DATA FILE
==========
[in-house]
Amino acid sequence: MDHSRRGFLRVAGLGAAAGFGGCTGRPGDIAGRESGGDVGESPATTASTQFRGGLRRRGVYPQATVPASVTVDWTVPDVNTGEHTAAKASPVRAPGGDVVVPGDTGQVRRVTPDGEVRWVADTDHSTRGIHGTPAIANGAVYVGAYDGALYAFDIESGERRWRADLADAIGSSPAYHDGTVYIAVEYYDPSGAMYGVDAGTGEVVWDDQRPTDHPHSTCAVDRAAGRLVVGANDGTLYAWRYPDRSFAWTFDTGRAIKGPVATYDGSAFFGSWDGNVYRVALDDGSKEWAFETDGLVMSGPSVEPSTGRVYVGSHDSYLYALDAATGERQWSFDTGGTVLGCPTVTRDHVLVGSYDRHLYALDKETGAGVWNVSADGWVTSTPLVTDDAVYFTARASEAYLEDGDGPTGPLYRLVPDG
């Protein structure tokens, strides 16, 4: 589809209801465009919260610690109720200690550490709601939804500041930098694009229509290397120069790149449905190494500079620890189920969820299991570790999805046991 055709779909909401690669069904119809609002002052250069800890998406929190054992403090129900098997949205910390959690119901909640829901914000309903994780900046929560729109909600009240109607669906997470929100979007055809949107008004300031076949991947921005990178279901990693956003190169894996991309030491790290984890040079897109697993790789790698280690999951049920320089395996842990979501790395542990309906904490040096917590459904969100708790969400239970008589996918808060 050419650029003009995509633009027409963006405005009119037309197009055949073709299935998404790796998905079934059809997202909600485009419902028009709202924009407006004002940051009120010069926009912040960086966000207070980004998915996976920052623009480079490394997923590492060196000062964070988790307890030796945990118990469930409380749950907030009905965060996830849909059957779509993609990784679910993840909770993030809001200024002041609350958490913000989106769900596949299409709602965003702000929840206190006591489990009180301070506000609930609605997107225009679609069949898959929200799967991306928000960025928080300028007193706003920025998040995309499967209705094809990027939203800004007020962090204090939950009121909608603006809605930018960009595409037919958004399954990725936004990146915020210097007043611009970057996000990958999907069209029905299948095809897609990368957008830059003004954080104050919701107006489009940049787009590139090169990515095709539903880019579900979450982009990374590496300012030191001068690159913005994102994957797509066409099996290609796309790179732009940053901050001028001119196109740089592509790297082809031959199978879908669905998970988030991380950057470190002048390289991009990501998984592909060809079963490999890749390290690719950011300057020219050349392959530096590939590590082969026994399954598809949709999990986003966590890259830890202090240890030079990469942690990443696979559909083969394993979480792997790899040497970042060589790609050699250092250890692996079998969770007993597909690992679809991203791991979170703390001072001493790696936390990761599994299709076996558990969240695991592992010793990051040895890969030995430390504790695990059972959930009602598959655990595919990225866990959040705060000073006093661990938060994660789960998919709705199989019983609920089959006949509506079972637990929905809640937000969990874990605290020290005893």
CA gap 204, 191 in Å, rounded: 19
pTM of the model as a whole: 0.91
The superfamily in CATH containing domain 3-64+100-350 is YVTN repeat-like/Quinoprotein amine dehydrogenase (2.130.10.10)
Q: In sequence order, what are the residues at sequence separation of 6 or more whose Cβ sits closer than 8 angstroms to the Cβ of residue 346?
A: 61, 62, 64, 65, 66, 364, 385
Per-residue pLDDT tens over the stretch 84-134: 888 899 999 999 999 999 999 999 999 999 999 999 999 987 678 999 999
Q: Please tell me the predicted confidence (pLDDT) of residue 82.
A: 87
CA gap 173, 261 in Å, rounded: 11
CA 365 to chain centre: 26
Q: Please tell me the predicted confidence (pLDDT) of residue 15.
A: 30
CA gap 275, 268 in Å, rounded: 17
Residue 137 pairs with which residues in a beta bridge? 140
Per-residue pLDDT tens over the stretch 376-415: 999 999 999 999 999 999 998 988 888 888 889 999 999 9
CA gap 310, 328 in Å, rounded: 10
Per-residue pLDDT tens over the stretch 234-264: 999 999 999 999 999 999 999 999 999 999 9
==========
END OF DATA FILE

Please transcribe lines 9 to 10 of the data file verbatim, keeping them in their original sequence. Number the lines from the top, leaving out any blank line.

Per-residue pLDDT tens over the stretch 84-134: 888 899 999 999 999 999 999 999 999 999 999 999 999 987 678 999 999
Q: Please tell me the predicted confidence (pLDDT) of residue 82.